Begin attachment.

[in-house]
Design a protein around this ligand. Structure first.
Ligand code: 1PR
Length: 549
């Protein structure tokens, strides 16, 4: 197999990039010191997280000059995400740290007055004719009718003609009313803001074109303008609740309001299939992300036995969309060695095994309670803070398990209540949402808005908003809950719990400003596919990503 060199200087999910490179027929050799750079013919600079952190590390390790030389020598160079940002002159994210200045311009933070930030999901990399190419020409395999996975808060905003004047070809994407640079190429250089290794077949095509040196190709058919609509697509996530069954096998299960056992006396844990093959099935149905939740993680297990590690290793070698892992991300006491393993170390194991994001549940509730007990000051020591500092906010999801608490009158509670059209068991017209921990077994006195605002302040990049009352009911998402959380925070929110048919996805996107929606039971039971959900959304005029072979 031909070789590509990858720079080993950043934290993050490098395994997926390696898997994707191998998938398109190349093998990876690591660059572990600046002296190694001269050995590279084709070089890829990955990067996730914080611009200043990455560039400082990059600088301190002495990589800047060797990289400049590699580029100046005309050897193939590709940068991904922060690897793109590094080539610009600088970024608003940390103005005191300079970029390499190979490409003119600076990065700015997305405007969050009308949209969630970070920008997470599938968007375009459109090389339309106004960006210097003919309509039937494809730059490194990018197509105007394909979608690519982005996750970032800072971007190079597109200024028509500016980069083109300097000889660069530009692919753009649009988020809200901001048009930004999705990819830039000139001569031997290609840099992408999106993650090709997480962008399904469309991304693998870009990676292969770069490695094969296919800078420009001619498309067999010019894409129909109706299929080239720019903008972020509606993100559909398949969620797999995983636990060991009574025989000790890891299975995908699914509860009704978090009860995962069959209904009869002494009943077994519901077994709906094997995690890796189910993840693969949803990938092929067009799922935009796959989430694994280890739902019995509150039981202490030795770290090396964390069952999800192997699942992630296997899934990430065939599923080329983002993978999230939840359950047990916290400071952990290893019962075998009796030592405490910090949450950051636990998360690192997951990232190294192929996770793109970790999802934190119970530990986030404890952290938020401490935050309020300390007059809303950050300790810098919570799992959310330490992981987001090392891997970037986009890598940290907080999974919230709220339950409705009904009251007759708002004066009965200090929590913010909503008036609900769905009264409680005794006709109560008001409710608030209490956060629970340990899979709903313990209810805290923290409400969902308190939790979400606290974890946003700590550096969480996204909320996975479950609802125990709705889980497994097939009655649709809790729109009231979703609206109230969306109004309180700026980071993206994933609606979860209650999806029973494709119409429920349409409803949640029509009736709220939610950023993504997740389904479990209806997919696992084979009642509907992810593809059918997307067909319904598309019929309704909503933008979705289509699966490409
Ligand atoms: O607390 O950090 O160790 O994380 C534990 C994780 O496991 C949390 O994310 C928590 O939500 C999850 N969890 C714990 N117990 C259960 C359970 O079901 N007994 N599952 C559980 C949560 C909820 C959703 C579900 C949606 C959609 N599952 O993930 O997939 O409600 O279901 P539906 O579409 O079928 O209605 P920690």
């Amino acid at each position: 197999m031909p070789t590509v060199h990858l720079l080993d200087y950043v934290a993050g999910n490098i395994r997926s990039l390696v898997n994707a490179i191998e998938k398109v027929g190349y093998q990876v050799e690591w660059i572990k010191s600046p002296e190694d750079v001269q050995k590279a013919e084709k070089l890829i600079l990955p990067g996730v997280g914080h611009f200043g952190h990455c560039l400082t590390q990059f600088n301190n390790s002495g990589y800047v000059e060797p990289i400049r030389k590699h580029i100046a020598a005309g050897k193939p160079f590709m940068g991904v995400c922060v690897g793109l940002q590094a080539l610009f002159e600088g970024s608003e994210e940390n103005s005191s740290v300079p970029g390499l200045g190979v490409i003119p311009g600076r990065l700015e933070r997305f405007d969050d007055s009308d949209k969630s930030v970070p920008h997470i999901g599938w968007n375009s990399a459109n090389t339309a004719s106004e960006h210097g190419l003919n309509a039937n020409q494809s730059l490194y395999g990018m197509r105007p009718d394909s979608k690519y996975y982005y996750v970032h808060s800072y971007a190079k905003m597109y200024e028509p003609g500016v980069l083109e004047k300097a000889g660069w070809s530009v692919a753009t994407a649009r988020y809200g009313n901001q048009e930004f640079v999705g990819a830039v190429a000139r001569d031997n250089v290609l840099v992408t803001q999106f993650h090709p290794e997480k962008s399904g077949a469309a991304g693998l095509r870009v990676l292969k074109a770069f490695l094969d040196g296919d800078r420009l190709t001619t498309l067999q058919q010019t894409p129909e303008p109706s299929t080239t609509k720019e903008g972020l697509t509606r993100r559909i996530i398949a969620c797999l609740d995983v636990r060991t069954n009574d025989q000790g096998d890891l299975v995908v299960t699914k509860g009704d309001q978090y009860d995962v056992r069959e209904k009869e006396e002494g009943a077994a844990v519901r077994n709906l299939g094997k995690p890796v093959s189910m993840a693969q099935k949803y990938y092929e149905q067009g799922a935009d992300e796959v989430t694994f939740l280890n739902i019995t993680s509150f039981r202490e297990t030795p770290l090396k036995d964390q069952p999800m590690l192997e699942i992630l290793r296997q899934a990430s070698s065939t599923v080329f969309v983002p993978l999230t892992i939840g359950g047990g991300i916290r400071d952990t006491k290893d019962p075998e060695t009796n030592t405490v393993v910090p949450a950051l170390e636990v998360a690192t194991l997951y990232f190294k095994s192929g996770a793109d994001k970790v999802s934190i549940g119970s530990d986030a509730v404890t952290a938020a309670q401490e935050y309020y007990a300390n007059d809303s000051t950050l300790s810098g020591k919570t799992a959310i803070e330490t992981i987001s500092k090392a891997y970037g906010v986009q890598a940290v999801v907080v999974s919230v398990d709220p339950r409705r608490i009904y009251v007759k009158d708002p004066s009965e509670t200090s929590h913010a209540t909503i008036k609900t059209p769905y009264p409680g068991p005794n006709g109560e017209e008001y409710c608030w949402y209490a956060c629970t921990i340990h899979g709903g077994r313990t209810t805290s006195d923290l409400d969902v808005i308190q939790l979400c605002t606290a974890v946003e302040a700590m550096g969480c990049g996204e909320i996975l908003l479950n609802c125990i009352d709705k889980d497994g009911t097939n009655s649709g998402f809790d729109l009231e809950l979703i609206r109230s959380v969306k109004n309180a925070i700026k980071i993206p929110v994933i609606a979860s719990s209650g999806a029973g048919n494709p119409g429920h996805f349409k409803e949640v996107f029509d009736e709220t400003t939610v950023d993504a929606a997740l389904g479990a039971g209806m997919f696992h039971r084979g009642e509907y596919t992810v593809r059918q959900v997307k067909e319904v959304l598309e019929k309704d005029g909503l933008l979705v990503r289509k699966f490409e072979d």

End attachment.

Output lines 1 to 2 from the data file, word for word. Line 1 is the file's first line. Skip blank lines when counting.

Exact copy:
[in-house]
Design a protein around this ligand. Structure first.